That was at the end of 1920. In the months that followed Klan membership snowballed, as did the coffers of the organization. And it wasn’t just from membership dues; you were required to buy all your Klan swag from headquarters, including the robe, books, pamphlets, cardboard red crosses and little cards to scatter around your town announcing the Klan was there, plus other awful goodies. Soon Klan HQ was pulling in million$ a year and growth was exponential, with about four million guys wearing hoods by 1924.

Like most Americans, our local newspapers didn’t quite know what to make of the Ku Kluxers, but were definitely Klan curious. On its face the KKK was not much different than other fraternal orders like the Elks or Odd Fellows (sorry, gents) with a costume, secret handshakes and other silly rituals. Without explaining the real aims of the organization, the papers uncritically printed stories about their gatherings. This 1923 item from the Petaluma Argus announced the Klan had a North Bay presence:


NAPA, April 4 – More than 1000 hooded figures of the Ku Klux Klan gathered somewhere in the hills of Napa county, participated in a strange ceremony round a fitfully flickering fire, silently and swiftly gathered their robes about them and disappeared into the night, as mysteriously as they appeared…

Then before Hallowe’en, the Press Democrat ran a screamer headline, “104 JOIN KU KLUX ORDER.” The front page article similarly pushed a idealized view of the KKK and their “awe-inspiring” ritual:


…Two hundred hooded klansmen, seeming phantoms in the pale moonlight of the evening, participated in the initiatory ceremony. Prior to the exercises only one or two of the masked klansmen, attired completely in white, were seen on the grounds. As if from nowhere, the 200 robe-clad figures marched from behind a small hill…ghost-like figures walked across the field while the figure of a klansman on horse back was silhouetted against the sky. A short time before the initiatory ceremony started, a huge cross, approximately 20 feet in height and situated in back of the American flag, was lighted, its rays shining on the line of hooded klansmen who walked to the small knoll…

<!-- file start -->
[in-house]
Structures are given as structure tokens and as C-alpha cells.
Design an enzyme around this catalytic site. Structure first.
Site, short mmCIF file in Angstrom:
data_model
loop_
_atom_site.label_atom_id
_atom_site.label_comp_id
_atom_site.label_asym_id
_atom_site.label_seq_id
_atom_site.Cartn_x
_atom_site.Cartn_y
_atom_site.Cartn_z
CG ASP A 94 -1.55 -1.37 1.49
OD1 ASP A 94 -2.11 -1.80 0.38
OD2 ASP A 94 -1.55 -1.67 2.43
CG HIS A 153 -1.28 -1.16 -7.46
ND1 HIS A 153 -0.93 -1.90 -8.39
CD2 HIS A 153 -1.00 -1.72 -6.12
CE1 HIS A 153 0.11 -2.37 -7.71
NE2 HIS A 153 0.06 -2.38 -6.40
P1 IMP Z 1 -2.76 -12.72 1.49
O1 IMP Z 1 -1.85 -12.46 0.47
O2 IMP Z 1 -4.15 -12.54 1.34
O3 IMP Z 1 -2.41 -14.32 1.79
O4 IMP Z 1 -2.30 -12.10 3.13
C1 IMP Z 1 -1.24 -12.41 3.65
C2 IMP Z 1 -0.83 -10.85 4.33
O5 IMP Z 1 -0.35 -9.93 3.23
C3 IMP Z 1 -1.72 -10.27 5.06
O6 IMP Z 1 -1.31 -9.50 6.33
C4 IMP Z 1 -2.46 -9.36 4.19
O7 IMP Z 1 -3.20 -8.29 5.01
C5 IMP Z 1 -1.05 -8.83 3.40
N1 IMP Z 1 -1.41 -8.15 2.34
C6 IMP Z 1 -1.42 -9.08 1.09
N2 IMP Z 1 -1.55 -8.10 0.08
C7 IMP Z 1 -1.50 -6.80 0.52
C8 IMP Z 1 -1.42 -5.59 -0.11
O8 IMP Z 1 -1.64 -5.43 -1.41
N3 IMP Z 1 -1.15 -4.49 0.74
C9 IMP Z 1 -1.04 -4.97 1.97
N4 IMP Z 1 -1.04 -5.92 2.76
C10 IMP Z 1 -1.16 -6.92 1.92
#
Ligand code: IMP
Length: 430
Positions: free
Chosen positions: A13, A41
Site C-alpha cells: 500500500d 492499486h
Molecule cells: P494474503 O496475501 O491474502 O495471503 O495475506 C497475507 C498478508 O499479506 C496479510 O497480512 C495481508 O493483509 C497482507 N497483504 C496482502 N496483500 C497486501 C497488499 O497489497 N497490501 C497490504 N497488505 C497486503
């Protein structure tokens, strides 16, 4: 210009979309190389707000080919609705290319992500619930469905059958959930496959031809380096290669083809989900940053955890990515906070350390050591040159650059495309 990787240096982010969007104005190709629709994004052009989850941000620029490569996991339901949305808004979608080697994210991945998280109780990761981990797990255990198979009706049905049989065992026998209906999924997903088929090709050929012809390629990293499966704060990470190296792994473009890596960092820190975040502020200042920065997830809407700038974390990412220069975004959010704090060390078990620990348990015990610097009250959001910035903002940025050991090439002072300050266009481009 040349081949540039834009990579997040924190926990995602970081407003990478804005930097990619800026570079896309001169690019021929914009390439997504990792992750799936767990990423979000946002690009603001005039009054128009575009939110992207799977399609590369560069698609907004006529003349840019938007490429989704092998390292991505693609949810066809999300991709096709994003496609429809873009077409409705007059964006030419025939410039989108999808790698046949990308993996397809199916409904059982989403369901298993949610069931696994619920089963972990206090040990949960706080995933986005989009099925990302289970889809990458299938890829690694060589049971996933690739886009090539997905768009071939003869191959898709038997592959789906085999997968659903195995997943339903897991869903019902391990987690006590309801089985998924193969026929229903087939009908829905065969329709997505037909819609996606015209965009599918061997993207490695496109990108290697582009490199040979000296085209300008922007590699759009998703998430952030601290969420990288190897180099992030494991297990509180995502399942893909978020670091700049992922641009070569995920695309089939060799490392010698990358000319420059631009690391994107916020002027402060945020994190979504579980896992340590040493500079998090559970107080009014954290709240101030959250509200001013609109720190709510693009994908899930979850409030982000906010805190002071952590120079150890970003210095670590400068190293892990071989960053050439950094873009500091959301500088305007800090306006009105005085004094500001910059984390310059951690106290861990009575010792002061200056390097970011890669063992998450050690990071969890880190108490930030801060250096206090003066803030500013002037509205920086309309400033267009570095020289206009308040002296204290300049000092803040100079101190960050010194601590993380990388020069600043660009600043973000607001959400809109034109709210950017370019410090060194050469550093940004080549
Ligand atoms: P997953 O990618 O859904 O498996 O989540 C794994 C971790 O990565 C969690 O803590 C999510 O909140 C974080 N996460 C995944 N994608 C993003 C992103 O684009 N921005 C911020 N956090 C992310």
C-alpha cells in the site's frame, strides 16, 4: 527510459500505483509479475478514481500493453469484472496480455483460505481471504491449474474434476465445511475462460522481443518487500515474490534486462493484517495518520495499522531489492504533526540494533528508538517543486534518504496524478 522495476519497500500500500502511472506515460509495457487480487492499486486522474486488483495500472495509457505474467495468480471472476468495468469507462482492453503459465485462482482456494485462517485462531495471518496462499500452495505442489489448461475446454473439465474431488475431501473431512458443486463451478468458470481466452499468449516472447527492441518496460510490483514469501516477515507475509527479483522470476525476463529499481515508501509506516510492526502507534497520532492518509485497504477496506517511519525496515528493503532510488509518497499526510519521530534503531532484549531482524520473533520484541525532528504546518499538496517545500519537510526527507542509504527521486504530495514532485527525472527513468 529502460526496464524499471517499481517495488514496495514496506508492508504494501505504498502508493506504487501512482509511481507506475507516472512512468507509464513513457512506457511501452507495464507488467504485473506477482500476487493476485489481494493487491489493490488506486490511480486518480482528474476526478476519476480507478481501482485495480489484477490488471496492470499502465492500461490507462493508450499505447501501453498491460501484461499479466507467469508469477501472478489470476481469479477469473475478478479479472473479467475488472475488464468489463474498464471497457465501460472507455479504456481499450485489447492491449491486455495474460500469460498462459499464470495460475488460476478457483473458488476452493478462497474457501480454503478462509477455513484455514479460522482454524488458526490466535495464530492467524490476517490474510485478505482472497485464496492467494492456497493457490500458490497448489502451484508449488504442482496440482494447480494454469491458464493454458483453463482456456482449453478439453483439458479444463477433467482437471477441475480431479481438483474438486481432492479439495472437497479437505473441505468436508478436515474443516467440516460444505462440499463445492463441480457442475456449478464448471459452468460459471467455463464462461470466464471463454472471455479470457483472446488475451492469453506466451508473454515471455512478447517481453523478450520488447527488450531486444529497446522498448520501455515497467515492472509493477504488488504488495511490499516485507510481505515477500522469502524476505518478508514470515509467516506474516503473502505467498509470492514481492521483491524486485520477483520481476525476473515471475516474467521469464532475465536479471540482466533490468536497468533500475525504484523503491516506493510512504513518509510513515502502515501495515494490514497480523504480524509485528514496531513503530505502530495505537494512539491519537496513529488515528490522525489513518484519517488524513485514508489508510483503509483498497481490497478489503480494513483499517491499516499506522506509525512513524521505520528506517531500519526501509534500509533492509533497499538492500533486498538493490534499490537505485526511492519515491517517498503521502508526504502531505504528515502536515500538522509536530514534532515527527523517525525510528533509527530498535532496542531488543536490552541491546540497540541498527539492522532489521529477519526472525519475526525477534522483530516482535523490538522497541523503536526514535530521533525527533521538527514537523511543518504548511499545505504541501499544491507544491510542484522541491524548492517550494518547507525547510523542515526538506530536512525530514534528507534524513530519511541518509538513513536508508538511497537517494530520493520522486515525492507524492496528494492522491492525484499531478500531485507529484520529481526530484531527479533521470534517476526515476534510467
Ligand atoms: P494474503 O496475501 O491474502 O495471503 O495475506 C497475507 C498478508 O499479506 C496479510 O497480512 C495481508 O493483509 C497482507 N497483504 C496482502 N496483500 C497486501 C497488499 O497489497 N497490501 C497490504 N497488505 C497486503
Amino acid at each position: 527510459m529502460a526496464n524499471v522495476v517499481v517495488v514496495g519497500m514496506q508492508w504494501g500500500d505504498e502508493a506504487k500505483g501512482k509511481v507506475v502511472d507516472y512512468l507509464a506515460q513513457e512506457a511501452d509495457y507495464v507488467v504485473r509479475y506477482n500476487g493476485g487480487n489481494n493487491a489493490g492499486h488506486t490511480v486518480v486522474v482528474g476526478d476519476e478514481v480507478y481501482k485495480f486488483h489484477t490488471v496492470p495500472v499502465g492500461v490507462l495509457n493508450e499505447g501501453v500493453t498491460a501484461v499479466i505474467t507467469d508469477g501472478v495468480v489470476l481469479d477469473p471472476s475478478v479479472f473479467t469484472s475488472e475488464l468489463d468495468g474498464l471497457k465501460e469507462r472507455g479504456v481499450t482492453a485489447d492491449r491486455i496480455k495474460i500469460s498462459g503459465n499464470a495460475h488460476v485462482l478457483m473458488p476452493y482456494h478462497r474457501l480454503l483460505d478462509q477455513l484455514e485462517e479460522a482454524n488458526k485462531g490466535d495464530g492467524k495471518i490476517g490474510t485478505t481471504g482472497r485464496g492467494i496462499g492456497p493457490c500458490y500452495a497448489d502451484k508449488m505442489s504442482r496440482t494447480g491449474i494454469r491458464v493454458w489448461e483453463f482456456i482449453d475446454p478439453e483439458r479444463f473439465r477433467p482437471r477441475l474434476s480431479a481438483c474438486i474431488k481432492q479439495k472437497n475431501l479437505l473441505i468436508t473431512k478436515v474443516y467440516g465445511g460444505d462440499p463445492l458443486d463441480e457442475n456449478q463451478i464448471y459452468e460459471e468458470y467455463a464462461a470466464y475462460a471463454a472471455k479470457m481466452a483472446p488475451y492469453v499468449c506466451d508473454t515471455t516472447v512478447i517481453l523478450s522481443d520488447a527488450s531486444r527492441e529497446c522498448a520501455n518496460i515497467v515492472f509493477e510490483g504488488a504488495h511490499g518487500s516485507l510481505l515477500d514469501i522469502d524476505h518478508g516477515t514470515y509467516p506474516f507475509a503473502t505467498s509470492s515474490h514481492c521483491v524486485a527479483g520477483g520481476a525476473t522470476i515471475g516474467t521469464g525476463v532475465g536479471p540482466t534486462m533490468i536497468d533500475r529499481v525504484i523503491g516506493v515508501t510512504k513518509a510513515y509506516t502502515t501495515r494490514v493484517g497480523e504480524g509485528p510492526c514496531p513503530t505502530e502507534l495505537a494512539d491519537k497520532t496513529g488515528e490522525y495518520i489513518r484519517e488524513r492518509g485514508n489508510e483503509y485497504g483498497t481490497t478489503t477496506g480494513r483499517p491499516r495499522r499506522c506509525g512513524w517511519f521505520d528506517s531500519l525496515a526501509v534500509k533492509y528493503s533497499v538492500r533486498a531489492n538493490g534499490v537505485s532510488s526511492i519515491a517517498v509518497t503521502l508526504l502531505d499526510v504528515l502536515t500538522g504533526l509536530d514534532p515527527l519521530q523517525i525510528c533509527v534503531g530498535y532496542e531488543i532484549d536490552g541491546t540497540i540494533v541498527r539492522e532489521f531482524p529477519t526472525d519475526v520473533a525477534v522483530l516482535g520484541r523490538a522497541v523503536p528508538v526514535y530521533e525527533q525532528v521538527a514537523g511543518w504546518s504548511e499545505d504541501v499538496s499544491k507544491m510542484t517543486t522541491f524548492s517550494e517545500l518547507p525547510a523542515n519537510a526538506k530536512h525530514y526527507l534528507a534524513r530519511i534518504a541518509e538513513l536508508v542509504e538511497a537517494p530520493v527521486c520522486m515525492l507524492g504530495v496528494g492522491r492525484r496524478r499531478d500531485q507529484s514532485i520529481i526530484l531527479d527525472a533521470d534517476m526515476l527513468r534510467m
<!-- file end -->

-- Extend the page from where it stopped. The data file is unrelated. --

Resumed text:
Undated photo not in Sonoma county, but matching the 1923 ceremony described

 

The PD estimated there were about 300 cars of spectators watching the event. Among those swearing allegiance to the KKK were sixteen from Mare Island wearing their Navy uniforms.

About three weeks later was the first ceremony in Sonoma County, on a hillside off Petaluma Hill Road. An estimated 2,000 people came to the invitation-only event. There were so many cars that afterwards, the PD said, “…traffic congestion at the exit gate for a time resembled the worst congestions of the old Cotati speedway days.”

There had been previous mentions of the Klan here in 1922, when a Klan organizer held a couple of meetings in Santa Rosa but couldn’t draw much interest. And earlier that year, the PD had a scare headline “KU KLUX THREAT IN SONOMA COUNTY?” hyping news that a deputy had received an anonymous threat warning him to stop arresting troublemakers at Forestville dances. The deputy didn’t take it seriously and presumed it was written by the selfsame jerks, and there were at least two other hoax threats reported that year.

The splashy 1923 ceremonies were the peak of the Klan’s public events in Sonoma county, with a smaller initiation on Bennett Valley Road in June 1924 (the cross this time illuminated with light bulbs) and later in November, 25 women were initiated as members of the “Kamelias” in Santa Rosa.

(RIGHT: 1925 cartoon from The Rocky Mountain American, a KKK newspaper in Colorado)

But the KKK was quickly worming its way into everyday life. They donated food and other items to families with ill Klan members in Santa Rosa and Petaluma, and they presented a bible (“valued at $50”) to the Calistoga library. They held a “Ku Klux Klan funeral” for Santa Rosa resident William J. Reno, complete with reading from the book of Revelations and “vocal music of a hidden chorus.” And after the attorney for a Santa Rosa cop charged with taking bribes accused the District Attorney of being in cahoots with the Klan to railroad his client, a prospective member of the jury volunteered he was also a klansman.

None of the Santa Rosa and Petaluma newspapers editorialized against the KKK, as far as I can tell, but all gave front page coverage to negative stories about Klan confrontations, legal and political, happening elsewhere in the nation. They also reported positive stories as well; one of the oddest photo captions I have ever read appeared in the Petaluma Argus: “Jew is Honored by Ku Klux Klan,” describing how dozens of hooded klansmen showed up uninvited to a tribute for an elderly shopkeeper in Fairfield, Illinois, handing him a basket of roses.

And neither did the local papers explain to readers everything the KKK really stood for. Describing the big Petaluma Hill Road ceremony, the PD mentioned in passing that new members were told support “supremacy for the white race, separation of church and state, and rigid law enforcement.” Of the same event the Petaluma Courier said the Klan pledge was about “Americanism” and law and order.

The most information came the Petaluma Argus, which offered a lengthy account of a late 1924 Klan recruitment speech given at the high school. “It is a white, native born, Anglo-Saxon, Protestant, patriotic fraternity. Orthodox Jews cannot join because they do not believe in the divinity of Christ.” (The speaker apparently forgot to mention Catholics were a main target of the hate group.)